The ALP (whom I will continue to refer to as such, since he's still my Adorably Literate Partner as well as my legally wedded spouse) and I have just returned from our honeymoon -- a blissfully lazy week of good food and drink, ocean air, and of course, reading. Here you see the Book Nerd in vacation mode, and one of the books that made the honeymoon cut.
We had a totally sweet and wonderful wedding -- our family and friends pitched in with cakes and decorations, and we danced the night away in our little Brooklyn church hall.
I'm just coming back to earth, and I feel like I'm way out of the loop on happenings in the book world. But here are a couple of exciting links I've managed to glean from my inbox, for at least a token Link-Mad Monday.
*In case you haven't noticed, it's Harry Potter Season. Along with the latest movie installation already out, the final book in the series, Harry Potter and the Deathly Hallows, comes out at midnight on Friday, July 20. The New York Times has this article about Potter Parties, and the ABA reports on party plans for indie bookstores across the country. My own bookstore's twist is the Harry Potter Party for Grownups -- referring not to academic scholarship, as in the Toronto event, but to the availability of "magic punch" for those over 21 and a very grown-up DJ. Should be fun!
* I'm so blown away by the genius of the new project of Larry Portzline, founder of the National Council on Bookstore Tourism: a 10-week tour scheduled for next April, visiting 200 bookstores in 10 weeks for a "Why Indie Bookstores Matter" tour! Publicity is already building, as you can see by the tour website, and Larry has some ingenious ideas for funding his "quixotic" project. More power to him -- can't wait to hear more about the tour as it develops, and hear about the great ideas about the importance of indies he picks up along the way. Way to go, Larry!
* I'm probably the last to link to it, but Dan Wickett's Emerging Writers Network site has posted the sixth Litblogger E-Panel -- basically a joint interview with several litbloggers, yours truly included. Several of the bloggers I admire also sound off; it's pretty fascinating to get this multi-perspective look at who's blogging and why. BEA, take note for next year's litblogging panels!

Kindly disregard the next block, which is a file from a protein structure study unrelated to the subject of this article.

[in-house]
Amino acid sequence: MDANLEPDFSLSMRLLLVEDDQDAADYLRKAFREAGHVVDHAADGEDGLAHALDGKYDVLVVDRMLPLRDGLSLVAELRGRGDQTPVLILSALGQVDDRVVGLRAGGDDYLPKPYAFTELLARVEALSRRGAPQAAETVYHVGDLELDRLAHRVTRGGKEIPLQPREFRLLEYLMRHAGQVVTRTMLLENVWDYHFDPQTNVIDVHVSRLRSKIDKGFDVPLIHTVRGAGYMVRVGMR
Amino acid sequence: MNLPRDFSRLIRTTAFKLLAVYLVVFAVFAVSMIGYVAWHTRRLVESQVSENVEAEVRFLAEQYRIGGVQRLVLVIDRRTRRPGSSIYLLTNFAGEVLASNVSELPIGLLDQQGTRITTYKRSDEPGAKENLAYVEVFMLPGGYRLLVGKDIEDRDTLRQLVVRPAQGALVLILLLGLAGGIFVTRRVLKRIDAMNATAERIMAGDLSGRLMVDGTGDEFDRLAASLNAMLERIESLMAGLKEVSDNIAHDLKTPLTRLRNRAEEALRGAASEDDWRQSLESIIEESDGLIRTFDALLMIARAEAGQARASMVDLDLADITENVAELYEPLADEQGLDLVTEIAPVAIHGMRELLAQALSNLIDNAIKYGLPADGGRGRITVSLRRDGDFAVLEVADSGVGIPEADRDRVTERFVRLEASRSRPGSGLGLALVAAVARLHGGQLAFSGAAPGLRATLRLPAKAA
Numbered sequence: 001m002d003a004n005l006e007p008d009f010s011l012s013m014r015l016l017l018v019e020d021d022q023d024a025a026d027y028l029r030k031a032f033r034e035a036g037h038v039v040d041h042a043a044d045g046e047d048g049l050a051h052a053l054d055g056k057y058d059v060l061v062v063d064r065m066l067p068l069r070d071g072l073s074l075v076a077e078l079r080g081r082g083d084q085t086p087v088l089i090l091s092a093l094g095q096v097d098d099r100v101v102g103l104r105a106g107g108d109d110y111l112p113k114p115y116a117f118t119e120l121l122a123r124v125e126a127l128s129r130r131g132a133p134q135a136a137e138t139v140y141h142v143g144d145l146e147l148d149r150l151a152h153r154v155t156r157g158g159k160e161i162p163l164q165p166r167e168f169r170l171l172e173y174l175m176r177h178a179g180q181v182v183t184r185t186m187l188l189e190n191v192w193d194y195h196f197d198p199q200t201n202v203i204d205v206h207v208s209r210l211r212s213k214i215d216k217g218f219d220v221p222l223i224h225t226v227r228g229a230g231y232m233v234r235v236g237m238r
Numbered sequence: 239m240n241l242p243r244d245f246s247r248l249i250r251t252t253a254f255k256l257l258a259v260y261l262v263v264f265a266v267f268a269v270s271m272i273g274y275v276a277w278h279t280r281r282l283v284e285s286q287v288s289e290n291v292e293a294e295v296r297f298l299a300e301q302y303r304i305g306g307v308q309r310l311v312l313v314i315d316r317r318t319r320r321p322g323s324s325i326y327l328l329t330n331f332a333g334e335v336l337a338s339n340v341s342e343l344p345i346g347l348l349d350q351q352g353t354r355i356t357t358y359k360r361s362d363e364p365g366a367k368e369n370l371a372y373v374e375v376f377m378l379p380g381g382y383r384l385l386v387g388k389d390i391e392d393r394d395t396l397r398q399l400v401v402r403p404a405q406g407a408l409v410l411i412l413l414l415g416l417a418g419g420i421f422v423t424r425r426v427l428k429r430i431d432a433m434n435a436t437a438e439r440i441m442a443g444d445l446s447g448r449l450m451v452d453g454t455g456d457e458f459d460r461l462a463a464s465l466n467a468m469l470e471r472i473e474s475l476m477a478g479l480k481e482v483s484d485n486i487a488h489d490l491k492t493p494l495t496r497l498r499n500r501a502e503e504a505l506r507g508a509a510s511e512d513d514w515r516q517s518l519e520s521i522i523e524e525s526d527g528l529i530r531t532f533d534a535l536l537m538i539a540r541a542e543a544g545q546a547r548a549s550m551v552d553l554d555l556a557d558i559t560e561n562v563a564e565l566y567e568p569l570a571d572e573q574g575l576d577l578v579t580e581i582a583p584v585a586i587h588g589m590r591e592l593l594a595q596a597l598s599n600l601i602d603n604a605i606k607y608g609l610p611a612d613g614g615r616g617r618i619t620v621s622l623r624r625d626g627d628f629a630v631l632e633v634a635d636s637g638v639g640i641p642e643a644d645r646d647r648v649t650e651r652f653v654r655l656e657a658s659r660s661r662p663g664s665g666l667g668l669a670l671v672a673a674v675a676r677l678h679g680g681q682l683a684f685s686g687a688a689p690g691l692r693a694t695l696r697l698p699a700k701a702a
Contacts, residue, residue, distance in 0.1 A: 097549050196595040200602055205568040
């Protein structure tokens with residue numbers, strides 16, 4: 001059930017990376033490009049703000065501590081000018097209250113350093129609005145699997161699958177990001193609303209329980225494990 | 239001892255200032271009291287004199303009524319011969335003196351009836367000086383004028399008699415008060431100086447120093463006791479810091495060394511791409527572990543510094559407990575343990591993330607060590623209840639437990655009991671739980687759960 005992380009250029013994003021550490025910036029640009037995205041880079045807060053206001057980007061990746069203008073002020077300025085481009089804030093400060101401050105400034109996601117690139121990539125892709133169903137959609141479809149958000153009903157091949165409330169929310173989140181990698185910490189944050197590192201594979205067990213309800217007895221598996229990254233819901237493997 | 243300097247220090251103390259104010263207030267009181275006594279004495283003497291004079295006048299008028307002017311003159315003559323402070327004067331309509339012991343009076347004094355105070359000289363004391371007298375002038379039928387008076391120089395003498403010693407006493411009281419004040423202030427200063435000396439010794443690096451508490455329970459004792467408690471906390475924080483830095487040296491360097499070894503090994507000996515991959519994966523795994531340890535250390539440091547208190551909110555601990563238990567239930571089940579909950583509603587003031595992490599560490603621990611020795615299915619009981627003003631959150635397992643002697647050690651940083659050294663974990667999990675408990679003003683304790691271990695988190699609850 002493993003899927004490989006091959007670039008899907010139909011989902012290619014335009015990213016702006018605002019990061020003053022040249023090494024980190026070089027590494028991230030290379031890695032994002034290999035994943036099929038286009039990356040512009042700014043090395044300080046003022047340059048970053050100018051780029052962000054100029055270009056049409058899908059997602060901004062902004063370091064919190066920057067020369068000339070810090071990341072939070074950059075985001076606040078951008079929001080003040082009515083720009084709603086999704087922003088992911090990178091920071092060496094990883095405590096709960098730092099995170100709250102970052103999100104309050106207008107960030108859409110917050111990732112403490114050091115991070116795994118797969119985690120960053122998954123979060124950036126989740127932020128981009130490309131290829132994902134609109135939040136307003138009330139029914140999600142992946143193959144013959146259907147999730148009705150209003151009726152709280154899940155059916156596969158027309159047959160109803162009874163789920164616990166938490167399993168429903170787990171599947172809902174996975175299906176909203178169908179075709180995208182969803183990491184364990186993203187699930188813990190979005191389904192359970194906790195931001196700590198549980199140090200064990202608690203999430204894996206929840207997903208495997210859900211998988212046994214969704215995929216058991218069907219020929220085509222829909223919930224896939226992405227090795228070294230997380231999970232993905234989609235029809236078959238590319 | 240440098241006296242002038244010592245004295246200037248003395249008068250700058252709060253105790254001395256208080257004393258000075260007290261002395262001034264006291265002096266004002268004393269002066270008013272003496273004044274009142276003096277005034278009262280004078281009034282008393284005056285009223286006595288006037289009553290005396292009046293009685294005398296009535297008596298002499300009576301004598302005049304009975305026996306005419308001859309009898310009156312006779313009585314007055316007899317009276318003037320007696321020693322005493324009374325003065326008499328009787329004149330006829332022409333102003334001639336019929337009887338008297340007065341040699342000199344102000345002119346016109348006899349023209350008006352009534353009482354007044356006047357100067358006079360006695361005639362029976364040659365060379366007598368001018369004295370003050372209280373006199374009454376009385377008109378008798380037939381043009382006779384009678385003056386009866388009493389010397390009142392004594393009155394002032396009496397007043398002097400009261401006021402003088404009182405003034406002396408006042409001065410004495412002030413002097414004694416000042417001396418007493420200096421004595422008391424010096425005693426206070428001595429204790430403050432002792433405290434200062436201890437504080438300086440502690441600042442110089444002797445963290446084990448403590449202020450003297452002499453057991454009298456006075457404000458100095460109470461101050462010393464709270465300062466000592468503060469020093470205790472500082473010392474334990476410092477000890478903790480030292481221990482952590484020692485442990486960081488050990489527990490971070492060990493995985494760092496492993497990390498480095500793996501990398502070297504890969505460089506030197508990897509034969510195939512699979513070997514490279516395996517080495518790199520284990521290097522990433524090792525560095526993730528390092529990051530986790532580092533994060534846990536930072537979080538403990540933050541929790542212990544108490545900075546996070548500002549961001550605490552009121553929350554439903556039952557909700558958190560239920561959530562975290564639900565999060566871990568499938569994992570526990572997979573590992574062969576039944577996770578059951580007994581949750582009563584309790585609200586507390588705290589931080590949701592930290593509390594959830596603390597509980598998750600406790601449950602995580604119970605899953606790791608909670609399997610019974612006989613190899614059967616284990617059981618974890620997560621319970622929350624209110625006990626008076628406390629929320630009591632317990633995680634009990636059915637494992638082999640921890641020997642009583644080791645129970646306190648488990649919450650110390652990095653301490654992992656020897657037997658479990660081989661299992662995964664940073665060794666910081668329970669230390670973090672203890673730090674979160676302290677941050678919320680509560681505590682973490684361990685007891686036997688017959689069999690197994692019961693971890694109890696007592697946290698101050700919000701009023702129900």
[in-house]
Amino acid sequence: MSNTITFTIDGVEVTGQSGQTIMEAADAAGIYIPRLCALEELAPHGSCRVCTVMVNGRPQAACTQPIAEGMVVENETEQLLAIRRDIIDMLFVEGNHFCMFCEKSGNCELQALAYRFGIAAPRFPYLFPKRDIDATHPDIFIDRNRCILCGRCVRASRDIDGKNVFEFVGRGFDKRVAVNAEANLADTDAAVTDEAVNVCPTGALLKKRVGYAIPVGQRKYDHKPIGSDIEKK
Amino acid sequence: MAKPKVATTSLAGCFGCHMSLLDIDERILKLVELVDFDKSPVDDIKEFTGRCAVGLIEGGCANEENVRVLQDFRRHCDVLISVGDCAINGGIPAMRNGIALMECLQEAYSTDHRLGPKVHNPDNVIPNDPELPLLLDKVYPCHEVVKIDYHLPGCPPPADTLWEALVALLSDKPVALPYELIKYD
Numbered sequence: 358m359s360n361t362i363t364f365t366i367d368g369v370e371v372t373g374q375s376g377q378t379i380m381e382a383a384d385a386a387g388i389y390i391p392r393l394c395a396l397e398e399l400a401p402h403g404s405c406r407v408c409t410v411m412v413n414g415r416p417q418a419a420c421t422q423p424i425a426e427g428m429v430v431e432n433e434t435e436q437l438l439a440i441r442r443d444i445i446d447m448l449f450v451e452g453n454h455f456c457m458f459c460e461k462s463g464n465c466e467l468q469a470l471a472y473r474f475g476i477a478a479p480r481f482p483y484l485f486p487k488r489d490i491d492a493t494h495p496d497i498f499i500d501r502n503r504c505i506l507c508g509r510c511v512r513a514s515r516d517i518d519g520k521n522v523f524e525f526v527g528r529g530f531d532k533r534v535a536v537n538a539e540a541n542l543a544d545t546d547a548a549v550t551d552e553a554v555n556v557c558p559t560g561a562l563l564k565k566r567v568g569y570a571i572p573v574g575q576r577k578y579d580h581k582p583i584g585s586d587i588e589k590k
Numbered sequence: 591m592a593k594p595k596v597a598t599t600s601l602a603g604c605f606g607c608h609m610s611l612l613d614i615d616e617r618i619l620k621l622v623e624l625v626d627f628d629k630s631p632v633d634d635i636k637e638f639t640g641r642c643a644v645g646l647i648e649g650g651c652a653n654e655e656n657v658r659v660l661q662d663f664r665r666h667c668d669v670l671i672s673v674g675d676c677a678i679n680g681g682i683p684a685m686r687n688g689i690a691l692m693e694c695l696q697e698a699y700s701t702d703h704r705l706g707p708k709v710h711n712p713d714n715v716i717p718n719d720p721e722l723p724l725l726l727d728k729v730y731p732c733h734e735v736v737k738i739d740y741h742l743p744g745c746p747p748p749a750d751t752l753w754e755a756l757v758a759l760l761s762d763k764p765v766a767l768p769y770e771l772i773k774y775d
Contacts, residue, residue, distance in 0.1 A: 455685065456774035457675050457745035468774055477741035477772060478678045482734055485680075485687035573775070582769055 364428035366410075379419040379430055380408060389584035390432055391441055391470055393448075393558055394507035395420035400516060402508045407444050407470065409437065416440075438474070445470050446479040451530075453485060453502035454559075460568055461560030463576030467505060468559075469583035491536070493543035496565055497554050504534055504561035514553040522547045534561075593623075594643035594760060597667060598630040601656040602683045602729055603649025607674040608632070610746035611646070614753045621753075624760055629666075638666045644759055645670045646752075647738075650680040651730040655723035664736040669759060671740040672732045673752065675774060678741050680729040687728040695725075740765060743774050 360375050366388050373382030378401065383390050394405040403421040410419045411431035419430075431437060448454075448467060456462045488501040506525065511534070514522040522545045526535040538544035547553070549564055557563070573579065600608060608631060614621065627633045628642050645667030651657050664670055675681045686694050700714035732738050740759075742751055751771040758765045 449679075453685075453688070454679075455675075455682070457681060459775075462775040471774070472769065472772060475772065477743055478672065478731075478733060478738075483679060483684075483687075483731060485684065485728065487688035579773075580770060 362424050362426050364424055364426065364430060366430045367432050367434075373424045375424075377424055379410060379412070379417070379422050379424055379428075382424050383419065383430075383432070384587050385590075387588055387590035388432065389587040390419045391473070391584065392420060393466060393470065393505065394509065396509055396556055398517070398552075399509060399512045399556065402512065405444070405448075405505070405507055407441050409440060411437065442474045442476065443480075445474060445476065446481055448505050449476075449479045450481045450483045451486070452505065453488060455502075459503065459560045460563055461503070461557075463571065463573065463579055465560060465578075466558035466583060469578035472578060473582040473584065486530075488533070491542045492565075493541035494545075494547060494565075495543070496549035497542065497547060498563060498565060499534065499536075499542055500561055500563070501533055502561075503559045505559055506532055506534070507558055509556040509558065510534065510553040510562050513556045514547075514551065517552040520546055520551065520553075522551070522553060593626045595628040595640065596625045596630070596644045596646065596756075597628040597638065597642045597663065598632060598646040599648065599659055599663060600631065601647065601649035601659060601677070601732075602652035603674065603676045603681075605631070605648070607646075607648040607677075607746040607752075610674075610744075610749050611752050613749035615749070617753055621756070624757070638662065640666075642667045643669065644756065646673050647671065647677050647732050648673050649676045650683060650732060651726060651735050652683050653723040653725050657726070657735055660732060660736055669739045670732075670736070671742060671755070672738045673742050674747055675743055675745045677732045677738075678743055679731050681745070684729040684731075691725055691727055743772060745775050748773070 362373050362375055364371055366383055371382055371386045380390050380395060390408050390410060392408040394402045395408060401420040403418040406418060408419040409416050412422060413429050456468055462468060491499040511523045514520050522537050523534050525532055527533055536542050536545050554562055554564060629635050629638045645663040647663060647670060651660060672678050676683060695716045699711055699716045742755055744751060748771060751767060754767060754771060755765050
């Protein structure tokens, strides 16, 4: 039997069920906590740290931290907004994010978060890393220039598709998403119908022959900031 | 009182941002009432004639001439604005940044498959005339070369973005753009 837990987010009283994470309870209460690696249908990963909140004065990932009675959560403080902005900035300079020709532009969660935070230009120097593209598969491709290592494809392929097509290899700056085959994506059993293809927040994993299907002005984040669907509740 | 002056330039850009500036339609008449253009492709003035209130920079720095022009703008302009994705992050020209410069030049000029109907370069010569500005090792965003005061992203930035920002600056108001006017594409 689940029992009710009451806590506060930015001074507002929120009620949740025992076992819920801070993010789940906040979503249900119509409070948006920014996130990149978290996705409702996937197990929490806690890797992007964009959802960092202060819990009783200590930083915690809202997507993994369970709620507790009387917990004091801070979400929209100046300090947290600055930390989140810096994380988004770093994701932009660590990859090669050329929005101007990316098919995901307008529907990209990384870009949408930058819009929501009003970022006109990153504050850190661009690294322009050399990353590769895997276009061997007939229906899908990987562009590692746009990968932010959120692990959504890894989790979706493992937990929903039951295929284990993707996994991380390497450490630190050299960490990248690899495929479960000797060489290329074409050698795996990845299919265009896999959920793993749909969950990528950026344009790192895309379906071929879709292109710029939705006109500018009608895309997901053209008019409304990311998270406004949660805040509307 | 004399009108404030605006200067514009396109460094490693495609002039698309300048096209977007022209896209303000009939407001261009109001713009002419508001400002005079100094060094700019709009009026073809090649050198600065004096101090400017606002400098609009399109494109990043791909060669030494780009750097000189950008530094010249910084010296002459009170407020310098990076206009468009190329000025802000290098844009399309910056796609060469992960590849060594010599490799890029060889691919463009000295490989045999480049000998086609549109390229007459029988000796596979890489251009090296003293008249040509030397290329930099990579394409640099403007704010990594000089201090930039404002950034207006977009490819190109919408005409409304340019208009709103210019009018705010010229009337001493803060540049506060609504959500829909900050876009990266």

* Also interviewed this week: Megan Sullivan of Bookdwarf gives an interview to LitMinds. I have increasing respect for LitMinds interview series and online conversation boards, and it's always interesting to hear what Megan has to say.
* And more cool literary kids in the news: the already much-linked NY Times article on hipster librarians has a front-and-center picture of Jessica Pigza, the totally cool wife of Sean Concannon, our sales rep from Parson Weems. My favorite line from the article: "How did such a nerdy profession become cool — aside from the fact that a certain amount of nerdiness is now cool?" Ha! I feel totally nerdy/cool by association. And more importantly, it's so encouraging to read about another group of young people unashamed about following their passion for books, community, and changing the world.
* Now for a little preview of my preoccupations in the coming weeks and months. I am officially an entrant in the Brooklyn Business Library's Power Up! business plan competition. This awesome hometown project offers expert advice, classes, and the resources of the business library to aspiring entepreneurs hoping to start up small businesses in Brooklyn, and a $15,000 prize for the best business plan submitted by September 14. (One of my favorite -- and super successful! -- Brooklyn restaurants, Bogota, was the first winner.) I work best with a deadline, so I'll be gunning for that date to get all the mountains of information I've accumulated in working order for a viable plan for my Brooklyn independent bookstore. It's going to take up lots of time and mental space, so you may see more business-related content on the blog. I'll still review books and talk about what's going on in the industry as a whole, but I'll be focusing more on the process of preparing to open a bookstore. Hope you like reading about it.
Wednesday I'll talk about the great books I read on vacation. In the meantime, anyone have a great summer read they'd like to share?
'Twisty Christmas Tales'
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